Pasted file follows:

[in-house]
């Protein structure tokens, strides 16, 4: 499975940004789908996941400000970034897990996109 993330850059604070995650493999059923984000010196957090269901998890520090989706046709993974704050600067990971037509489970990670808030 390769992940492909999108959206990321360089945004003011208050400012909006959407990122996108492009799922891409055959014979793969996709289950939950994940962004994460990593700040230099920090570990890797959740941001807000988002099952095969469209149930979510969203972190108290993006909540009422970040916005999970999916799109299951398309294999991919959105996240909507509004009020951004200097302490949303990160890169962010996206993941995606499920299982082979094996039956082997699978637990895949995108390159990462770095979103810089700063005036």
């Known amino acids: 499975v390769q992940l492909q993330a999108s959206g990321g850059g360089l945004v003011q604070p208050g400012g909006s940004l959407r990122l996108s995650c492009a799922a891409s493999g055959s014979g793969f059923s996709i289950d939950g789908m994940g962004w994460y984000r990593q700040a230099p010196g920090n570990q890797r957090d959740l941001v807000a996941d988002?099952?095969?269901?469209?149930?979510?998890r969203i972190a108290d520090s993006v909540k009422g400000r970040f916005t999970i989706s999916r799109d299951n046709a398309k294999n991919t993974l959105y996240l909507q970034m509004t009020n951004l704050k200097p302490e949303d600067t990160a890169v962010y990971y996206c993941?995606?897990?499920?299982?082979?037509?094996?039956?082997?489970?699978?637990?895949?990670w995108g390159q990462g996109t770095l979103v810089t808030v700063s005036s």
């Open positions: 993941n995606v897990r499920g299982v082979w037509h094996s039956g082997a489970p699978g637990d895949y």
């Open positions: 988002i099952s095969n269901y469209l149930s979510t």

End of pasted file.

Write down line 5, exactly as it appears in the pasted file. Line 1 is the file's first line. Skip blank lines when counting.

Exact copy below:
């Open positions: 988002i099952s095969n269901y469209l149930s979510t």